For smaller projects it’s probably not an issue.

Anyway, great work and congratulations!

1 Like

Hi Usnul! I understand your pain with Asset Management. It’s a mess. I’ve gone for a complete custom approach with on-demand by default just because it improves the load time to test prototypes and lets the user choose their loading approach asset by asset, scene by scene, when they are ready.

I think what really helped me with this was the async nature of the components. Assets are requested by the components themselves and they will hop into the animation loop after everything is loaded. Otherwise, If the assets they reference are preloaded, it’s instantaneous. This approach brings a lot of granularity and flexibility to the table.

Another benefit of components is that they tell the engine exactly which assets to pull. So no assets are loaded unless they are being used.

I’ve checked out Meep and looks great btw, congratulations! And I really like Might is Right, I’ve played it a while back and really enjoyed it. WebGL does great with point and click and turn bases games/experiences.

  1. Completely 100% serious now - if I were you, I’d browse a few asset stores before you’d start censoring content in any way. 99% of (even very high quality) assets are quite… weird and questionable. But people like them, need them, buy them and use them - internet economy runs on rigged furry and anime girls’ models.

  2. When you start the asset store let us know here - if you are going to allow $ sales with a fair share, I’ll be glad to put some of my CGTrader assets there! :slight_smile:

  3. As for the explanation - thanks for a long post! You’re right, I wasn’t really expecting you to suddenly face Unreal Engine with full firepower and crush them with features - not really a fair comparison. But I’m glad you can defend your idea!

  1. I will consider this one. I hadn’t considered it much, just though of school kids learning to make games and the content they could be exposed to. I might add age restricted categories, that could help.

  2. You can’t imagine how much I’m looking forward to this!

  3. You are most welcome. Thank you for taking an interest in this.

I agree with @mjurczyk about the questionable assets. Just browse the +18 sections of Steam and other platforms, you will see that there is a market. If you are wary about kids being shocked, just hide these assets from the store by default and add a checkbox to show them with a warning.

1 Like seems to be offline… Can’t load the site at all.

Hey Timmy! Sorry about that! I had some unexpected server maintenance. It’s been online for a few hours now.

Awesome, thank you for letting me know.

Not had chance to download yet, but it looks really good and I’m looking through the api docs.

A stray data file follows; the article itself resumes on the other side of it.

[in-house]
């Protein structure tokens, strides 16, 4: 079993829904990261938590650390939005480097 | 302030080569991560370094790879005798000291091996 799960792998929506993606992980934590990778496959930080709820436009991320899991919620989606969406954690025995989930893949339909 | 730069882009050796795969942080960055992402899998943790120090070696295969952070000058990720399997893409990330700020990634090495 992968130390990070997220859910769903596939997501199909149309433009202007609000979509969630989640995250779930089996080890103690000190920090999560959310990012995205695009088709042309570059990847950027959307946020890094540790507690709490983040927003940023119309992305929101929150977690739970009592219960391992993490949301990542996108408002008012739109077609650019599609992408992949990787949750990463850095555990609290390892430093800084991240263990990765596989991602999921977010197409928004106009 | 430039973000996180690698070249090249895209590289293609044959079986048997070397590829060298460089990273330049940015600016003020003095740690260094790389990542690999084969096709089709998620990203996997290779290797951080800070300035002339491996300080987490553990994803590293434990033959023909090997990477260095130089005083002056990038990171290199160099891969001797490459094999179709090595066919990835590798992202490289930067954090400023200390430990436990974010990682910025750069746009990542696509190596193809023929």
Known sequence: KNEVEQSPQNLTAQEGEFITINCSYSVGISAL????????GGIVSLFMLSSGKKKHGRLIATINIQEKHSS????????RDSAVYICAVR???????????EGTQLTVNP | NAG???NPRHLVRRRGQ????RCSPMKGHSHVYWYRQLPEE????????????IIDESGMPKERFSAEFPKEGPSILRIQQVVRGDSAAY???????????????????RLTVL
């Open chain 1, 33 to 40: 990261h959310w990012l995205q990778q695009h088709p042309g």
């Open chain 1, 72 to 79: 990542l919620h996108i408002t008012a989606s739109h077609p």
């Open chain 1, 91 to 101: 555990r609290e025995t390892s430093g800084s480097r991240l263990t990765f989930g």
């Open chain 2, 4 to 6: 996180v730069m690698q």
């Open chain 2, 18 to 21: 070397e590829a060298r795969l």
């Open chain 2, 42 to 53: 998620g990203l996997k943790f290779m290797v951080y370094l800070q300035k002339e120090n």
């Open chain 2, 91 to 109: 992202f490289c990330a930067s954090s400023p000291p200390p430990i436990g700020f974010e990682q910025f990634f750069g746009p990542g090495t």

I see many c# similarities within the api and with Unity. Looks like I can dive straight in, which is great.

Noticed this typo, no idea if it’s just a html typo or in your api… this is within Component method/class extension explanation.


onBeforeObjetRemoved(): void

This method will be executed just before the remove method for the Object3D to which this object belongs is called.

Which is followed by onObjectRemoved() and that looks like there’s no typo.

Looking forward to having a go with the editor tomorrow.

Also noticed this thread is 3 months old, have you evolved the alpha in the meantime?


MOST impressive.

Good !
but it seems to lack the model animation preview function .

Is there a github address ?

I want to use real time body tracking running in a cpp application that talks to the current rogue engine three.js environment. Is there a mechanism to send/receive network commands or some other means to communicate with the app?

Hey! yes, you can. Your Rogue Engine project is basically a three.js project in a node.js environment with a Unity-like editor. So basically, you can use TS/JS and even your favourite npm modules to do whatever you want, like for instance, talking to a REST API, websockets, etc.

You could create a component called BodyTracking, and from its start() method set up a listener for your API.

This video is a good way to get familiarized: Let's Make A COMPLETE GAME In Three.js With Rogue Engine | JS/TS | Tutorial | Part 1 - YouTube

You’re welcome to join us on Discord! I’m always around there to help!

Sorry Timmy I wasn’t receiving notifications and have just seen your very old message.

Rogue Engine has grown dramatically since then.

Thanks for reporting that btw, it’s been fixed already!

Let me know if you try it.